April 16, 2009
John Dorroh - firstname.lastname@example.org
Have you ever had one of those days when you just wanted to throw in the towel, quit, and tell your boss what you really thought? We all have.
What do you do when that happens? Chew out your best friend or family member? Take it out on the family pet? Drive erratically, dodging trees, fences, and traffic signs? Go play racquetball or shoot some hoops? Maybe take a long soak in the hot tub?
Downtown Columbus has a new place for you to go and just forget about it. Located on Fifth Street in the old DC Music store, Fuhgetaboutit is the newest kid on the block.
Fuhgetaboutit owner and proud papa, Freddie Fields, has added yet another option for area residents who want and need alternative places to hang out.
Fields, a native Columbian, worked for years at Kerr McGee in Hamilton and was offered a superintendent position at a similar plant up north.
"I just really didn''t want to go," he said. "So I didn''t. ... Instead I took over the Golden Horn in 1985 after running the Country Store on Highway 45 South."
The Golden Horn had been in business since 1969 and was well-established as a prime paradise for steak lovers. It still is.
One of my racquetball opponents, Lillie Kelly, and her husband Steve, go there on a regular basis to take out-of-town business guests and friends.
Even though business is very good at Golden Horn, Fields said he wanted a new adventure. At first he thought about doing something near the Golden Horn, but it made more sense to go downtown where it''s more accessible, more secure.
"I bought a building with the idea of providing a venue for blues musicians," he said.
"I''ve been to Ground Zero several times and have met a lot of people over there who said that they would like to play in Columbus. So now they can. We''ll be booking some of them soon," he said.
Fields also pointed out that he''s not really into booking big bands since Fuhgetaboutit is not meant for that.
"I want it to be a place where I can go and relax, unwind, and be entertained. ... It''s really for an older crowd, but everyone is welcome," he said.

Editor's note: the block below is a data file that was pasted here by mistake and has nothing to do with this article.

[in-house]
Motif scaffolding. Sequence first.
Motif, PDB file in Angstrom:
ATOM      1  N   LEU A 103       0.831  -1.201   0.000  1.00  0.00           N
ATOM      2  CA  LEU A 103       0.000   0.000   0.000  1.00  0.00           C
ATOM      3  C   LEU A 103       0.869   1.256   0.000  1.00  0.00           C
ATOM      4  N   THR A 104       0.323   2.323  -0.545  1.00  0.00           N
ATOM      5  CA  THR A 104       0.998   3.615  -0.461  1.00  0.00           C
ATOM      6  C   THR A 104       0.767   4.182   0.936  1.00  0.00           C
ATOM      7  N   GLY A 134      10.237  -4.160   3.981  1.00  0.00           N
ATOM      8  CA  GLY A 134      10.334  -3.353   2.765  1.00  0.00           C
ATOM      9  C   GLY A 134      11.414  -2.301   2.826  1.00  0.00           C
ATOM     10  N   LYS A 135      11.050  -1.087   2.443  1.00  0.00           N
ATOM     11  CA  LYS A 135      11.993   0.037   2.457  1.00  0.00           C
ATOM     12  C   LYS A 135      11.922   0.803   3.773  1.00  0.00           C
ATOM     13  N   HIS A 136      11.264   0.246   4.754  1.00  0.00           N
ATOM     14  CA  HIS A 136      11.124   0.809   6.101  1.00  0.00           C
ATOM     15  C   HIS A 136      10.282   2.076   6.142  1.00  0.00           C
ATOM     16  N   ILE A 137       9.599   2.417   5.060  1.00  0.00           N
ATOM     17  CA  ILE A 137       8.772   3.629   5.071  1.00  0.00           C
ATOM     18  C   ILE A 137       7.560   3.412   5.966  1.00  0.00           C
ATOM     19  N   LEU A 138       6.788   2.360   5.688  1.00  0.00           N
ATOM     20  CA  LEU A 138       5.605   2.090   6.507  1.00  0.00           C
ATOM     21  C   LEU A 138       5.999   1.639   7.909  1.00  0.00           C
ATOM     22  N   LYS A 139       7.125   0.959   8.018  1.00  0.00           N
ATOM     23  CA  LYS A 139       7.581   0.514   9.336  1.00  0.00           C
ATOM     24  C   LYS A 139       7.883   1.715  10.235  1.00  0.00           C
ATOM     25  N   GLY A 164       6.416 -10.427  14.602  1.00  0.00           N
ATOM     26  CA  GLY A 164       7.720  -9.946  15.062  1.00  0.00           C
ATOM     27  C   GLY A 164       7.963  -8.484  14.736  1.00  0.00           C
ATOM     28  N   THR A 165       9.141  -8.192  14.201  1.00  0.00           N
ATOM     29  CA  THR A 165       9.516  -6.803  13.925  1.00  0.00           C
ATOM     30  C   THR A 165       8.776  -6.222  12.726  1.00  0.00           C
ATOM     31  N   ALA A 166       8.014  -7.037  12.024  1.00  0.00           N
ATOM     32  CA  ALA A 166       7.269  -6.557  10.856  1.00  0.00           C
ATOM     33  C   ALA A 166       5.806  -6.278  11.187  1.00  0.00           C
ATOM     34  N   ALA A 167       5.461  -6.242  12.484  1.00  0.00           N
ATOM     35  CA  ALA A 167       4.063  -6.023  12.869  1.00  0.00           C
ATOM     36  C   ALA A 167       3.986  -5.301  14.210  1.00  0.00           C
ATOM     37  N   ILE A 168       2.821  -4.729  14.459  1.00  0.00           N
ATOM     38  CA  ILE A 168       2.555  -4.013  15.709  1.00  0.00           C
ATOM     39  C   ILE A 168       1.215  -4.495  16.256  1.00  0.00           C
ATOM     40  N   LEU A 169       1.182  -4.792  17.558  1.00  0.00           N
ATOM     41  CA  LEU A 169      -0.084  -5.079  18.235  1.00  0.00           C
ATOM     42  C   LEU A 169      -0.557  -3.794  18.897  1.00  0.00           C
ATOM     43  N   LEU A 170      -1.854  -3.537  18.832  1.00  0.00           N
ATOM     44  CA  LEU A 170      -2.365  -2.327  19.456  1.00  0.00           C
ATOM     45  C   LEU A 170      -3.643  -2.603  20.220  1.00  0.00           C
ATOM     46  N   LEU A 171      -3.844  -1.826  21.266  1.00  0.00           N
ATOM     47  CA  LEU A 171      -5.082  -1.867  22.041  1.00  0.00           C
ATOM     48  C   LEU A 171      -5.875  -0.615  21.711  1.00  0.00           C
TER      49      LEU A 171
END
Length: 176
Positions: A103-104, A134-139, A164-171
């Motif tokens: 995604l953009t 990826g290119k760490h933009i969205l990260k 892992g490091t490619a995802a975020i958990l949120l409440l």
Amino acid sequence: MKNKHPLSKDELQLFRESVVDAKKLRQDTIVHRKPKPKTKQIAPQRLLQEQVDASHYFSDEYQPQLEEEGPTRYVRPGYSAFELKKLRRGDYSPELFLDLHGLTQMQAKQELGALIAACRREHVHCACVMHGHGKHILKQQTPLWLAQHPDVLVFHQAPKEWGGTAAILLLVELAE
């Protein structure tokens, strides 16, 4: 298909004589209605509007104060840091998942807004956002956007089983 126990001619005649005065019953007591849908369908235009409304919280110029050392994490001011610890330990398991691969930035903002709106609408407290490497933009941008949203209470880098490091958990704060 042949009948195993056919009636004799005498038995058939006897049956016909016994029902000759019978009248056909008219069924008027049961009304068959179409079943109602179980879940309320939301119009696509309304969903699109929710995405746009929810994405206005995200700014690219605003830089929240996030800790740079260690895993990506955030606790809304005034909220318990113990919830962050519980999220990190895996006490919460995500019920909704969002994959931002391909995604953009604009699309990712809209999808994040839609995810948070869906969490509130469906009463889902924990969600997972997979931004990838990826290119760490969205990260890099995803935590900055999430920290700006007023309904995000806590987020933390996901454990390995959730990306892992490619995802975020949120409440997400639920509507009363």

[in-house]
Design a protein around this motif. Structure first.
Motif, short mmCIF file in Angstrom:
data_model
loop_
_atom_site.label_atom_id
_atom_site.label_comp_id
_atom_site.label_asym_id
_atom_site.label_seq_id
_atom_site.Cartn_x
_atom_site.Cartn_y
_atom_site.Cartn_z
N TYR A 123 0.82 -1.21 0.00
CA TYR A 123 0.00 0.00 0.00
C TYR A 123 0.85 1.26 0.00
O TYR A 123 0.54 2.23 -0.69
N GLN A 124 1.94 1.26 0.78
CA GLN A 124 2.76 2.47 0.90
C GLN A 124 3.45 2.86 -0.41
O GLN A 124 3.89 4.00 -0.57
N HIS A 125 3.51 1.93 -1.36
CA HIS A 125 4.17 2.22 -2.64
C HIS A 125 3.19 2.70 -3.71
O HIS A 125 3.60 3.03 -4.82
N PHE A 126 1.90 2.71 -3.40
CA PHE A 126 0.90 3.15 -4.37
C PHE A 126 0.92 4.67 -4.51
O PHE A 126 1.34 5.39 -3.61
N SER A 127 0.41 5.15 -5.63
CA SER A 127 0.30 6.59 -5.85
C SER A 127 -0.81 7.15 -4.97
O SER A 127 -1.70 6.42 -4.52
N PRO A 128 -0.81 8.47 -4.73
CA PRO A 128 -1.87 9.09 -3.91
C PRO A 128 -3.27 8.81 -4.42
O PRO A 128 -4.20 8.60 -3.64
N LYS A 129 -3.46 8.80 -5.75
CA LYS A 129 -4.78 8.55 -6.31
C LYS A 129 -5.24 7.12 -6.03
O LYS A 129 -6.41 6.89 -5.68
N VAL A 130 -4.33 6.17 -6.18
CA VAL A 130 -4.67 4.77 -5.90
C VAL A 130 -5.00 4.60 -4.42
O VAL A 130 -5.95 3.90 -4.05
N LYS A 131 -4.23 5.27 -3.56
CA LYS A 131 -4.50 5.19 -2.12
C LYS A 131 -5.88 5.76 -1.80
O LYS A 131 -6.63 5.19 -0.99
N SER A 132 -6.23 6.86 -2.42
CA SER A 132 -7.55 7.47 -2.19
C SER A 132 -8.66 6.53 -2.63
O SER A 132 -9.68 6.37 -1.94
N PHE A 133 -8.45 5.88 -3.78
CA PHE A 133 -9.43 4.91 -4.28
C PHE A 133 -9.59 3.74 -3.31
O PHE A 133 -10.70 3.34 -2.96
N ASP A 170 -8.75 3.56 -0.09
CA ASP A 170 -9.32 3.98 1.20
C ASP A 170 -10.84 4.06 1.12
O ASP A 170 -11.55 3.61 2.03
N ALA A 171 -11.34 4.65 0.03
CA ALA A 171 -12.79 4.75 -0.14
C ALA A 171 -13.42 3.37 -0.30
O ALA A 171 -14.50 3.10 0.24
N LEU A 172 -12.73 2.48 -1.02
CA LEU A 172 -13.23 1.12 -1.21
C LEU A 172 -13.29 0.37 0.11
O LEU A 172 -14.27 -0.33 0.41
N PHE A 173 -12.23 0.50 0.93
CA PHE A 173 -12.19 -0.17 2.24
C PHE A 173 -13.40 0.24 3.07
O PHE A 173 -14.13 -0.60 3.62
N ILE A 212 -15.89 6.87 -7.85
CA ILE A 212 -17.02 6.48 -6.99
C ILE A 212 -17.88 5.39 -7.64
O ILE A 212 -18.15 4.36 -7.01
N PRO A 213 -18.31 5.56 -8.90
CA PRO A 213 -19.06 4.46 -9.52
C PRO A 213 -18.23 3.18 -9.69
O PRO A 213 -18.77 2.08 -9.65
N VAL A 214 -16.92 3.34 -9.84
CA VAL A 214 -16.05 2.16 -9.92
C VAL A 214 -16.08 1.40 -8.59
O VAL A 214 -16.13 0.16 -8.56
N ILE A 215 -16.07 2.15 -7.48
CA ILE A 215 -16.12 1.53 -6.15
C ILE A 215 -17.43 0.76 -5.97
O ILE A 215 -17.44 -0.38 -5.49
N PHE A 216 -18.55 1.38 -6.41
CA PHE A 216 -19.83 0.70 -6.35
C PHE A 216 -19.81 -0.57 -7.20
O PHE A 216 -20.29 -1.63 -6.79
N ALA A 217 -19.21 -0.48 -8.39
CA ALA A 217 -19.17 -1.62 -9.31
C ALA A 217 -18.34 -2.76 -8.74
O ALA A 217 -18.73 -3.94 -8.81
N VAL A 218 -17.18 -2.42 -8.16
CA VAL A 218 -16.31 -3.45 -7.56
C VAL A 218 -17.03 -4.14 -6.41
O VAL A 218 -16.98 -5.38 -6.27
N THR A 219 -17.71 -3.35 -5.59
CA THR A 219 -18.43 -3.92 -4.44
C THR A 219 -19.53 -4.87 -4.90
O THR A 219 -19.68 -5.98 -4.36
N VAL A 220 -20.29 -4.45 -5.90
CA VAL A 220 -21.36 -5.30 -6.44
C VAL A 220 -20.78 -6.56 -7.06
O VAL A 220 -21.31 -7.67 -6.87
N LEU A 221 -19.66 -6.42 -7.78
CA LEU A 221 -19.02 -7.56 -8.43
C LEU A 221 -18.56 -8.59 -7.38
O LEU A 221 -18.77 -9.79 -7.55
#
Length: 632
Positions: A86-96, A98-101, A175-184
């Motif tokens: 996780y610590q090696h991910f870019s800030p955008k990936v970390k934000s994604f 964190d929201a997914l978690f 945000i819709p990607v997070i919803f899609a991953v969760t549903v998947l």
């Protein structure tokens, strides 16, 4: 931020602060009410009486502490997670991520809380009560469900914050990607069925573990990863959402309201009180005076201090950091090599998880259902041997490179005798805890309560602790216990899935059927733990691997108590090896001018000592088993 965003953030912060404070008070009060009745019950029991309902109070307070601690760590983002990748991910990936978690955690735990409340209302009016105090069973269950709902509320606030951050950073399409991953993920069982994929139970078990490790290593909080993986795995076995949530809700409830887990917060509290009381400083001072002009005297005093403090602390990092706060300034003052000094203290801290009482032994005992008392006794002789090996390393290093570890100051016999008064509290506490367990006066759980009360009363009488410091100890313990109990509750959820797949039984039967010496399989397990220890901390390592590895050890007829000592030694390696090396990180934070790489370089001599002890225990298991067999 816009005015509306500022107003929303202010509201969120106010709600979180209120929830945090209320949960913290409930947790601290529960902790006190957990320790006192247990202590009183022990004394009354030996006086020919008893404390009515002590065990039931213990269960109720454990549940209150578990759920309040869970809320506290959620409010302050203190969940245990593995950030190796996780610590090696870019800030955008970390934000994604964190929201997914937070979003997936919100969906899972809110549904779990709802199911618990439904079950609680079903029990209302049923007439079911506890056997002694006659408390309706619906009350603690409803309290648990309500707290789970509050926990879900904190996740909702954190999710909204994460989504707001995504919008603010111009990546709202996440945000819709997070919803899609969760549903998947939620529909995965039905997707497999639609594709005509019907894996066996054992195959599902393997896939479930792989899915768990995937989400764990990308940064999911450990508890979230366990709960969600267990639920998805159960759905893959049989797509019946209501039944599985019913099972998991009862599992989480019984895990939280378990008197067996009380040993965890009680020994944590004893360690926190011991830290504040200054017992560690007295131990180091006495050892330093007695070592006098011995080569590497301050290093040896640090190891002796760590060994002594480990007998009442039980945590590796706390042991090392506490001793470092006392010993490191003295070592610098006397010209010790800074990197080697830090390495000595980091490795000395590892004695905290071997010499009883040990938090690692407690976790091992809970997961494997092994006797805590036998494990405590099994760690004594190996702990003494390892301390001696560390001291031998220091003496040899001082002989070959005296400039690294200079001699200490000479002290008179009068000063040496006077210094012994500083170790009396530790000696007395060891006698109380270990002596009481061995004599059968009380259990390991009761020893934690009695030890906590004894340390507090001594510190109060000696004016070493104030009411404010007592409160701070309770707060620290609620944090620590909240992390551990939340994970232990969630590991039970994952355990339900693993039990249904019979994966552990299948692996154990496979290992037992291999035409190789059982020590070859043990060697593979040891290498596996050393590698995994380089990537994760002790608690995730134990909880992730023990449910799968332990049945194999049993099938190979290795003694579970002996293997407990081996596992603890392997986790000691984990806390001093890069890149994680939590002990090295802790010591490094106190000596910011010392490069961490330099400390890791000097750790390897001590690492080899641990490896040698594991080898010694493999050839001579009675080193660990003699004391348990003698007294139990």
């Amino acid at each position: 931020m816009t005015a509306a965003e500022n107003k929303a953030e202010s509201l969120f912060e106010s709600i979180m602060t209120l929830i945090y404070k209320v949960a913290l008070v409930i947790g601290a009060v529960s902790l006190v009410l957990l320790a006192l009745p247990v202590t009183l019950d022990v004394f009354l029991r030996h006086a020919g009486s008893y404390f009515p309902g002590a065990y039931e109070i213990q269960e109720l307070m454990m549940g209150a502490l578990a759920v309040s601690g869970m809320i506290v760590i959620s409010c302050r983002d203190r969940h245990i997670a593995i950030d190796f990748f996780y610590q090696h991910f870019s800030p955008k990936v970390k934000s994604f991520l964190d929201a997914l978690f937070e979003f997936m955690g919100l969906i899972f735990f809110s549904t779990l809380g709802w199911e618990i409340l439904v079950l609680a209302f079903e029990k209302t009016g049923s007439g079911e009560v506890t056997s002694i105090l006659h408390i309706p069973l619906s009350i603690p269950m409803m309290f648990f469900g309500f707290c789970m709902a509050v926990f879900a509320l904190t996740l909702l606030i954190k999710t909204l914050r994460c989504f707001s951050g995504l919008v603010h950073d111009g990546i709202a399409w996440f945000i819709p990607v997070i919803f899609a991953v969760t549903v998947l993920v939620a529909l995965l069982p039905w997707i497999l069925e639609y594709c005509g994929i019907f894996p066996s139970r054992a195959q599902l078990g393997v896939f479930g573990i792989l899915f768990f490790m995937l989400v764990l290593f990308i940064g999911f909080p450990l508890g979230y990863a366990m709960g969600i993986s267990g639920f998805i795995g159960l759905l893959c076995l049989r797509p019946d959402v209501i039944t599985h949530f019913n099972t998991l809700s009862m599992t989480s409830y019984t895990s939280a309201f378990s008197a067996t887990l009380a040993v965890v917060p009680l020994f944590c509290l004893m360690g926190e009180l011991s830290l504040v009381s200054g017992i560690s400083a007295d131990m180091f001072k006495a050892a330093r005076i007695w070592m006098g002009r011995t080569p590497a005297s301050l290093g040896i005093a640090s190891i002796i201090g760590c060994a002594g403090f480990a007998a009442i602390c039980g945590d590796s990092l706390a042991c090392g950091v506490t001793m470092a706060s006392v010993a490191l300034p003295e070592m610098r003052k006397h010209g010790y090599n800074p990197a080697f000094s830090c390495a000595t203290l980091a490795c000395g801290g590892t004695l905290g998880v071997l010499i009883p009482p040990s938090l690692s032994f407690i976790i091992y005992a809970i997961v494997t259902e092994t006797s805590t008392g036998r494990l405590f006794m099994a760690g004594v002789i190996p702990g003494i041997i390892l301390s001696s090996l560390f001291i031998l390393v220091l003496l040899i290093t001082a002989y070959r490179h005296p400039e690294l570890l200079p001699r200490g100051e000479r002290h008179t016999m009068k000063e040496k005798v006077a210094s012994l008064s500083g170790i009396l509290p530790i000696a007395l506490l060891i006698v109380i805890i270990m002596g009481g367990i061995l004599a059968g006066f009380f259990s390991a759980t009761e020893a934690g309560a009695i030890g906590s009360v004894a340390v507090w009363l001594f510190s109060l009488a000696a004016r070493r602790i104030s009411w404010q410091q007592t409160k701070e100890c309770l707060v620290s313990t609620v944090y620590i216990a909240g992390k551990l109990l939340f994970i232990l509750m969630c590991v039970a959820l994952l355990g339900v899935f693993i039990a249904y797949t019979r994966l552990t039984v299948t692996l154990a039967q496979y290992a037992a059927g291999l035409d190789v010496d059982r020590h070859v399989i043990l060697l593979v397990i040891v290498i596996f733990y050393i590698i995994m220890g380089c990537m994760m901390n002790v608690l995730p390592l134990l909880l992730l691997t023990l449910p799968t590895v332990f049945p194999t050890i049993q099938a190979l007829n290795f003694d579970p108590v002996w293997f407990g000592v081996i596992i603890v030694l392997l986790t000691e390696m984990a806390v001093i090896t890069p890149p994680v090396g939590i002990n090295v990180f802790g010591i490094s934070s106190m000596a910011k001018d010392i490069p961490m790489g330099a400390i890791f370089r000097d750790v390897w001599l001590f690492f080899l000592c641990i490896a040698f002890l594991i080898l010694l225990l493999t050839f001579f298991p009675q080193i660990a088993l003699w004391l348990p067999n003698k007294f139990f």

"I like classic rewind," he said, "and the artists and groups who I hire will have to be able to play the kind of music that I want. No one is forcing anyone to come inside.
"I also have a loft apartment, fully furnished upstairs that I can rent with the corporate world in mind. Get in touch with me for details," he said.
The inside story ...
I ventured into Fuhgetaboutit a few weeks ago on the Monday evening the Columbus Pilgrimage opened. After listening to the band that played jazz and blues on the lawn beside the visitor''s center and eating catfish plates, several of us ventured down to Fifth Street on Lee Hackett''s recommendation.
The first thing I noticed was it is a "deep" building rather than wide. Small two-person booths are attached to the side wall, which is made of old light-colored speckled bricks. Columbus memorabilia was everywhere, even on the ceiling. Old photographs and newspaper stories took me back to when I was a pesky kid.
"My son, John Fields, a dentist in Greenwood, did all the decorating for me," said Fields.
A comfortable chair, which rolls easily on the beautiful wood floors, had my name written on it. And food!
Got an appetite?
There is nothing fried on the menu at Fuhgetaboutit. Imagine that!
"Everything we have is relatively easy to prepare and quick," said Fields.
I was assaulted with the aroma of toasted garlic bread as the sign that read "TAMALES" made me want to peer into the kitchen and ask questions.
The tamales will be conceived and born in Greenwood and will be delivered, hopefully, a few times a week, once the deal is sealed.
And there is gumbo, red beans and rice, turkey melts, muffalettas and other tasty treats, all made from scratch.
"Fuhgetaboutit is a good safe place to come to relax, have a snack and your favorite beverage, and eventually hear some blues. Parking is abundant, and it just feels good to be in downtown Columbus where things seem to be alive," said Fields.
Fuhgetaboutit is located at 114 Fifth St. N., between Main Street Café and Huck''s Place. The old black-and-white DC Music sign is still there so you can look for it.
Permanent hours are still being determined, but currently they are from 3 p.m. until 12:30 a.m., Monday-Saturday. They open at 4 p.m. on Sundays.
John Dorroh is a semi-retired high school science teacher, who writes a business column for The Dispatch.